On Tuesday, she started by visiting the Canadian Institutes of Health Research (CIHR) and the Natural Sciences and Engineering Research Council of Canada (NSERC) in Ottawa. Becker signed a Memorandum of Understanding with the Social Sciences and Humanities Research Council (SSHRC), likewise in Ottawa. This is the DFG’s first comprehensive agreement with the SSHRC and seeks to facilitate future collaborations with Canada, particularly in the humanities and social sciences. On the following day, Becker and the DFG delegation traveled on to Washington DC for consultations with US partner organisations.
In particular, Becker spoke to SSHRC President Dr. Ted Hewitt about issues that are central to research and society such as sustainability, diversity, the responsible use of artificial intelligence and greater awareness of dual-use technologies. Before the start of the trip Becker said:
“If we wish to take a stand on these issues in the current geopolitical situation, it is best to do so together. This is why the Memorandum of Understanding is so significant: it’s not just an important step towards creating a joint German-Canadian research space in the humanities and social sciences – we’re also enabling an unhindered exchange of ideas and strengthening research freedom in the two countries. This is the only way we can jointly support progress on key social issues, too.”
Building on existing collaborations between the DFG and the SSHRC, the memorandum seeks to intensify cooperation between the two organisations. For more than 15 years now, the SSHRC has been a member of the “Bonn Group”, an informal association of group heads and organisational leaders representing four European and two North American research funding organisations in the social sciences. In addition, the DFG and SSHRC are both involved in a call for proposals entitled “International Joint Initiative for Research on Climate Change Adaptation and Mitigation” which was launched by Canada. This funds research projects that address at least two of the eight key risks identified in the latest Global Climate Report. The projects under this call for proposals are scheduled to start in March next year.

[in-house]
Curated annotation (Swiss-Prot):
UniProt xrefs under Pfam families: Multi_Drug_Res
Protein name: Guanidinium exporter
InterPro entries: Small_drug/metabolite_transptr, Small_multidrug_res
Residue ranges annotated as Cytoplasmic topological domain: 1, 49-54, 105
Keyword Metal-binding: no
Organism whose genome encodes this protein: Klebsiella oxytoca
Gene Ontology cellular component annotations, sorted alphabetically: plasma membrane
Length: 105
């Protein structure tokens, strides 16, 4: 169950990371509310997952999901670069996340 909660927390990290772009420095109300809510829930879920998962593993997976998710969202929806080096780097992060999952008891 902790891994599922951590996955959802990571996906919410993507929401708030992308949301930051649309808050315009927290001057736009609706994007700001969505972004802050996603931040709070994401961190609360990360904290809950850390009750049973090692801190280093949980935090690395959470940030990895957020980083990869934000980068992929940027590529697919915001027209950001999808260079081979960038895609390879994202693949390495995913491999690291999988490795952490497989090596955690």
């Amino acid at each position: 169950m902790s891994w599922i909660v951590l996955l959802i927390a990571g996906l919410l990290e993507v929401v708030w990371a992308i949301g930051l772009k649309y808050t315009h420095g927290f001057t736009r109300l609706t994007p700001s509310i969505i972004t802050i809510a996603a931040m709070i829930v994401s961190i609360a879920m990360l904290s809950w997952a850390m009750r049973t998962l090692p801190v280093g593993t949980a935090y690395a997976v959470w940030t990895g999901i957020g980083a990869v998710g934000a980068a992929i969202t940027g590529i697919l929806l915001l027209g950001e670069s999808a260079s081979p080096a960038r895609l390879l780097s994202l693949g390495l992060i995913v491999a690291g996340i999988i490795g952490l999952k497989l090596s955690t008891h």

Becker also has an appointment to engage in discussion with NSERC President Professor Dr. Alejandro Adem in Ottawa. Here she will seek to address not only the value of international research cooperation but also the risks involved, especially in connection with the misappropriation of research results. Adem has been Chairman of the Governing Board of the Global Research Council (GRC) since the end of May this year, having taken over this office from the DFG President herself.
In Washington DC on Wednesday, the DFG President held talks for the first time at the Howard Hughes Medical Institute (HHMI) as well as meeting the new Ambassador of the Federal Republic of Germany to the United States of America, Andreas Michaelis. This meeting also involves discussion of cooperation with the German consulates general and embassies in the US, which work closely with the DFG’s three locations in North America: in addition to its offices in Washington DC and New York, the DFG opened a branch at the German Centre for Research and Innovation (DWIH) in San Francisco just a year ago.
On Thursday, DFG Vice President Professor Dr. Britta Siegmund, who is accompanying Becker on her trip, will meet with representatives of the National Institutes of Health (NIH) and the National Institute of Allergies and Infectious Diseases (NIAID). Discussions here will focus on issues such as translation in the context of clinical research and the role of clinician scientists in university medicine. Siegmund will then visit the National Cancer Institute (NCI) to explore further opportunities for research cooperation between the DFG and the NCI.
Afterwards, Becker and Siegmund will travel on to attend the 23rd GAIN Annual Meeting, which will take place from 25 to 27 August in Boston. Jointly organised by the German Academic Exchange Service (DAAD), the Alexander von Humboldt Foundation (AvH) and the DFG, this event is aimed at researchers from Germany who are in the early stages of their careers in the US.